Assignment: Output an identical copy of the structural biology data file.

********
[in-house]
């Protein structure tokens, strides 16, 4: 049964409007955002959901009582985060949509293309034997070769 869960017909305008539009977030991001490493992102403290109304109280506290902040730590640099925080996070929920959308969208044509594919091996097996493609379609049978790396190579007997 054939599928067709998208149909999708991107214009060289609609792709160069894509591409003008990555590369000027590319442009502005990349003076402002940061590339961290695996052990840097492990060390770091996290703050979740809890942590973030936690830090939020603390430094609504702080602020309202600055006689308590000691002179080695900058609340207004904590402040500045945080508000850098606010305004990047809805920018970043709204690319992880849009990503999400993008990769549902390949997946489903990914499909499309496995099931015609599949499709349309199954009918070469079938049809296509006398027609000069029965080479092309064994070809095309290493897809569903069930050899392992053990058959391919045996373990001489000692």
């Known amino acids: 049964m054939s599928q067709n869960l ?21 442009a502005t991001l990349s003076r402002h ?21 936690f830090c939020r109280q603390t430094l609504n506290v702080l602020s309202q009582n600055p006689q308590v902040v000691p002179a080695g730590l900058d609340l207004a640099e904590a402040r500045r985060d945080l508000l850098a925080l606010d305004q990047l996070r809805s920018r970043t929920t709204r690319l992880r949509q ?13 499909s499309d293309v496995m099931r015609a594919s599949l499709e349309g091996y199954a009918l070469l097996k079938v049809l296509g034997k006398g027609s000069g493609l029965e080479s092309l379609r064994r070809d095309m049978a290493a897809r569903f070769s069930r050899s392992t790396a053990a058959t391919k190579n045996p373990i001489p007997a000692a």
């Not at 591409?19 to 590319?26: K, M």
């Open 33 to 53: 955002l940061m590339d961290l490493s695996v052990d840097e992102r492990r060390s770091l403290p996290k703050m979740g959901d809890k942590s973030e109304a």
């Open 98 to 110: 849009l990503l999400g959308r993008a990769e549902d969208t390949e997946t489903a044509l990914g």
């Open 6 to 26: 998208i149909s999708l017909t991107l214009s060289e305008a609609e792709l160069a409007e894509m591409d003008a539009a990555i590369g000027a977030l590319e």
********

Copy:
[in-house]
């Protein structure tokens, strides 16, 4: 049964409007955002959901009582985060949509293309034997070769 869960017909305008539009977030991001490493992102403290109304109280506290902040730590640099925080996070929920959308969208044509594919091996097996493609379609049978790396190579007997 054939599928067709998208149909999708991107214009060289609609792709160069894509591409003008990555590369000027590319442009502005990349003076402002940061590339961290695996052990840097492990060390770091996290703050979740809890942590973030936690830090939020603390430094609504702080602020309202600055006689308590000691002179080695900058609340207004904590402040500045945080508000850098606010305004990047809805920018970043709204690319992880849009990503999400993008990769549902390949997946489903990914499909499309496995099931015609599949499709349309199954009918070469079938049809296509006398027609000069029965080479092309064994070809095309290493897809569903069930050899392992053990058959391919045996373990001489000692």
């Known amino acids: 049964m054939s599928q067709n869960l ?21 442009a502005t991001l990349s003076r402002h ?21 936690f830090c939020r109280q603390t430094l609504n506290v702080l602020s309202q009582n600055p006689q308590v902040v000691p002179a080695g730590l900058d609340l207004a640099e904590a402040r500045r985060d945080l508000l850098a925080l606010d305004q990047l996070r809805s920018r970043t929920t709204r690319l992880r949509q ?13 499909s499309d293309v496995m099931r015609a594919s599949l499709e349309g091996y199954a009918l070469l097996k079938v049809l296509g034997k006398g027609s000069g493609l029965e080479s092309l379609r064994r070809d095309m049978a290493a897809r569903f070769s069930r050899s392992t790396a053990a058959t391919k190579n045996p373990i001489p007997a000692a």
């Not at 591409?19 to 590319?26: K, M």
């Open 33 to 53: 955002l940061m590339d961290l490493s695996v052990d840097e992102r492990r060390s770091l403290p996290k703050m979740g959901d809890k942590s973030e109304a």
């Open 98 to 110: 849009l990503l999400g959308r993008a990769e549902d969208t390949e997946t489903a044509l990914g």
């Open 6 to 26: 998208i149909s999708l017909t991107l214009s060289e305008a609609e792709l160069a409007e894509m591409d003008a539009a990555i590369g000027a977030l590319e």